"While we're sitting here at this event, about six more elephants will die. Maybe more, because they're now going after the babies as well," said Secretary of the Interior Sally Jewell in her remarks during the Times Square ivory crush.
Elephants are also losing their habitat due to unsustainable development practices sweeping Africa. Still, and ever more heartbreaking, baby elephants are routinely kidnapped from the wild in Zimbabwe for petty cash to foreign buyers.
Putting last week's historic crush into perspective only further increases the urgency of ending the ivory trade and protecting elephants both at home and abroad.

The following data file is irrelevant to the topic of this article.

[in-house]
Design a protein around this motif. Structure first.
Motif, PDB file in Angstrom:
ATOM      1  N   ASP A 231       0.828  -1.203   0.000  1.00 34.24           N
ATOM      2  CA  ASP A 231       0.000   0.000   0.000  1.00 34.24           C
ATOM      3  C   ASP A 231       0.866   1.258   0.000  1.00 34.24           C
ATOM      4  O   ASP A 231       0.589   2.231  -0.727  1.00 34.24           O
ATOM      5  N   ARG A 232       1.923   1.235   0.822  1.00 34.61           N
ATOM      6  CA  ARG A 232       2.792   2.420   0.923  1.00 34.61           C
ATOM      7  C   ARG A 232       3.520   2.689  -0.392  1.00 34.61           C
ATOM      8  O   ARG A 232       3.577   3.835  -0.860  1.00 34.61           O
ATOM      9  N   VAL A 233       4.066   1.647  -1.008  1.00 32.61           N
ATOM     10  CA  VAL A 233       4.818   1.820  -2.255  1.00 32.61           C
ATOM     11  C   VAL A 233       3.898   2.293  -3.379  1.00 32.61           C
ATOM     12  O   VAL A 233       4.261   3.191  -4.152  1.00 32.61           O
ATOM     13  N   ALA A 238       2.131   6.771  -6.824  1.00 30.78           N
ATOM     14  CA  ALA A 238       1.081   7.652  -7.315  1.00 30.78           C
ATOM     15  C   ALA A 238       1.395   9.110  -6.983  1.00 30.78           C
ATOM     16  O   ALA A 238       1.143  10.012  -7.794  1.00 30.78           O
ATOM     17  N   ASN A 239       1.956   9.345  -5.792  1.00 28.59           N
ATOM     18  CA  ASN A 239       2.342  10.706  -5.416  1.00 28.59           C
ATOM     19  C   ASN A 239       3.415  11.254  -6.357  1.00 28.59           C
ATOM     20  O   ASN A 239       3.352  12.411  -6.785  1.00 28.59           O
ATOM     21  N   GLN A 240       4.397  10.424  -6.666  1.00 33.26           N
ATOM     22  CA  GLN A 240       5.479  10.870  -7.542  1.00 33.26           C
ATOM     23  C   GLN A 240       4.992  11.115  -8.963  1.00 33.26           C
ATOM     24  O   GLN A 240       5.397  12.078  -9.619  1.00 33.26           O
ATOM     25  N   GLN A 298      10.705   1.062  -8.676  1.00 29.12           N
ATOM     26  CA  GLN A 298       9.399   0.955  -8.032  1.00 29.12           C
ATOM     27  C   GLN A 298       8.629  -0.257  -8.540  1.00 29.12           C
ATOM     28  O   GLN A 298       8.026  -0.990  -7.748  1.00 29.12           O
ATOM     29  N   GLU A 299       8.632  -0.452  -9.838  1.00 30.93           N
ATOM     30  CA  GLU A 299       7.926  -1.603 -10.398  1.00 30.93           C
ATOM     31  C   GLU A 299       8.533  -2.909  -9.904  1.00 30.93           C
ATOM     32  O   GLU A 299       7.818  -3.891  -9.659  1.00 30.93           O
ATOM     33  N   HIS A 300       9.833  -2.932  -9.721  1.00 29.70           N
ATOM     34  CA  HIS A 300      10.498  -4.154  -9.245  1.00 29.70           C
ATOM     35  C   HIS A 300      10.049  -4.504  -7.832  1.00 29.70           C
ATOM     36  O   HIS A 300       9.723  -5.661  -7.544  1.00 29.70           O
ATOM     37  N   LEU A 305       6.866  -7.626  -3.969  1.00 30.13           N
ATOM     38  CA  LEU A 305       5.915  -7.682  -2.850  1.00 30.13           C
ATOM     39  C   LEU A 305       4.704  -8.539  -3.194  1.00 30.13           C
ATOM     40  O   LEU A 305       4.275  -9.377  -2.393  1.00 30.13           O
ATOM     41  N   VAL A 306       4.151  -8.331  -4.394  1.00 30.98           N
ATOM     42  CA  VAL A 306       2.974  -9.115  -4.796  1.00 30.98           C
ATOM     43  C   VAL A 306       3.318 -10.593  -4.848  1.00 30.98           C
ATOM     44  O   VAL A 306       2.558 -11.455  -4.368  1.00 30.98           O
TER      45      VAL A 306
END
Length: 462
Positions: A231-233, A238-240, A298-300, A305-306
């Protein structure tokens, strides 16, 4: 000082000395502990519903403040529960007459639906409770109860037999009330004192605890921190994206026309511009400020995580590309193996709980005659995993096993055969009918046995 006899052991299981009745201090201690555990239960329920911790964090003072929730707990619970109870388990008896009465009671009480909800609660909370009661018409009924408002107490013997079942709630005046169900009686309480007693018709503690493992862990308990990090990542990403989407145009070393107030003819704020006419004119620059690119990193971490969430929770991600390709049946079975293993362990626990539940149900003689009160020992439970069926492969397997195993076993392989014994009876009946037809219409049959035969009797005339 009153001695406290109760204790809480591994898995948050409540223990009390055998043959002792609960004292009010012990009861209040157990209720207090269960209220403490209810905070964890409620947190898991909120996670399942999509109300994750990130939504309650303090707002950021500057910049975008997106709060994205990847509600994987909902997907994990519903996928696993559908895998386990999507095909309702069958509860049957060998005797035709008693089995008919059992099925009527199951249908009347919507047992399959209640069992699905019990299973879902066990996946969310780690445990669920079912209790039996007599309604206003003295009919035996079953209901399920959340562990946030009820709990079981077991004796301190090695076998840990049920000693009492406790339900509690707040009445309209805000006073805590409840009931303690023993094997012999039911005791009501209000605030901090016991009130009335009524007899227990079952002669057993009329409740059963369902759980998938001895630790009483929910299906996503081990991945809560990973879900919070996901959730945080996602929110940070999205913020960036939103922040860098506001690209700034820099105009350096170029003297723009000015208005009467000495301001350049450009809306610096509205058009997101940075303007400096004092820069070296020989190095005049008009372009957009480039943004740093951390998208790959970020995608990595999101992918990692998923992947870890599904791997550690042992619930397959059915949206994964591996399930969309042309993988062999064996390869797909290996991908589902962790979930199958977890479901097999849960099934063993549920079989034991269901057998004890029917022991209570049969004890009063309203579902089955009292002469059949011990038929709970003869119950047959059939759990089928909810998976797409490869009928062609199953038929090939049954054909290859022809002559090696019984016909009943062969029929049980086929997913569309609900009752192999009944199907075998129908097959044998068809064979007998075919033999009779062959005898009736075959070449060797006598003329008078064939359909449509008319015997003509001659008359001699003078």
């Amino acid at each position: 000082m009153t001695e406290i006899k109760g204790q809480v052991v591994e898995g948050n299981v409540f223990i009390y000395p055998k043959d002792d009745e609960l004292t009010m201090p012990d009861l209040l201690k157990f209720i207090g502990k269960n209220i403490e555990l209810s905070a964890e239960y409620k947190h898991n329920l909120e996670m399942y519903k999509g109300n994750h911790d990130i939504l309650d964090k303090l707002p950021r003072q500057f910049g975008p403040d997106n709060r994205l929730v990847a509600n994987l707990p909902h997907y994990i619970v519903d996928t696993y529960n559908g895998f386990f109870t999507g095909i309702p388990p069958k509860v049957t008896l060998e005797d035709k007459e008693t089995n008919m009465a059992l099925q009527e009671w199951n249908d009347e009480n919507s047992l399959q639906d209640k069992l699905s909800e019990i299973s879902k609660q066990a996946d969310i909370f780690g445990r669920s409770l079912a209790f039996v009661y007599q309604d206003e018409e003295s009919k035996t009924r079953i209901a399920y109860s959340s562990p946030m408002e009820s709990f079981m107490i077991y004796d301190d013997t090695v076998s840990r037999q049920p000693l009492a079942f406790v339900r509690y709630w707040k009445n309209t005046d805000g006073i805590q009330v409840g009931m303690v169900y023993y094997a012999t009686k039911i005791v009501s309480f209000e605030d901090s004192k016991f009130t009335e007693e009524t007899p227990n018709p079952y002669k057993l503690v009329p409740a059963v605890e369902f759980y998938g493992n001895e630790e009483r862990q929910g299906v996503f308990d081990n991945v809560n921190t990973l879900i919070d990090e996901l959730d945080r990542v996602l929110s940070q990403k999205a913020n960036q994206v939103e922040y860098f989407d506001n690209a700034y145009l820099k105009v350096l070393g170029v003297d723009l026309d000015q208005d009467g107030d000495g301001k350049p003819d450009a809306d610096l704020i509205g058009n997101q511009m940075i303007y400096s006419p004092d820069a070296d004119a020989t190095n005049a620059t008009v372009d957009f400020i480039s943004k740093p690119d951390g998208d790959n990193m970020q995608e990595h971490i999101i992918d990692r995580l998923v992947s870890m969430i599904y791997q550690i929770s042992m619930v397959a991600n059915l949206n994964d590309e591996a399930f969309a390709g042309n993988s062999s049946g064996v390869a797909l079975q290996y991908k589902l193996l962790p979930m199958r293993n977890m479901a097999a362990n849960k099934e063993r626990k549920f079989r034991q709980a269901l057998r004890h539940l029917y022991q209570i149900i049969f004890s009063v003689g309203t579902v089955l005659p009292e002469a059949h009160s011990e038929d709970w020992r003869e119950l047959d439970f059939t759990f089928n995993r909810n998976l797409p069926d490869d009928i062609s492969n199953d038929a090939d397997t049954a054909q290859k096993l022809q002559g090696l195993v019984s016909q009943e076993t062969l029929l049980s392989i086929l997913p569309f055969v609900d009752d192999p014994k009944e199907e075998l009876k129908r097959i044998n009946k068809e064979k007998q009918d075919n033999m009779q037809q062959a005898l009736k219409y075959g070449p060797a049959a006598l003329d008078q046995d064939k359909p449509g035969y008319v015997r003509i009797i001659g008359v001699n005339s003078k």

3. Ivory crushes raise awareness that elephants face extinction.
As intended, the Times Square ivory crush received great media coverage in the nation and around the world. It was fantastic publicity for the plight of elephants and the fight against the vicious wildlife trafficking industry.
As Secretary Jewell said, "We don't need trinkets, but we do need elephants."
Plus, last week's ivory crush was only one in a wave of crushes worldwide. In November 2013 the US Fish and Wildlife Service crushed 6 tons of ivory in Colorado. Since 2013 nations including Kenya, France, Hong Kong, the Republic of Gabon, the United Arab Emirates, the Democratic Republic of Congo, Thailand, China, and many others have staged public events to destroy ivory stockpiles.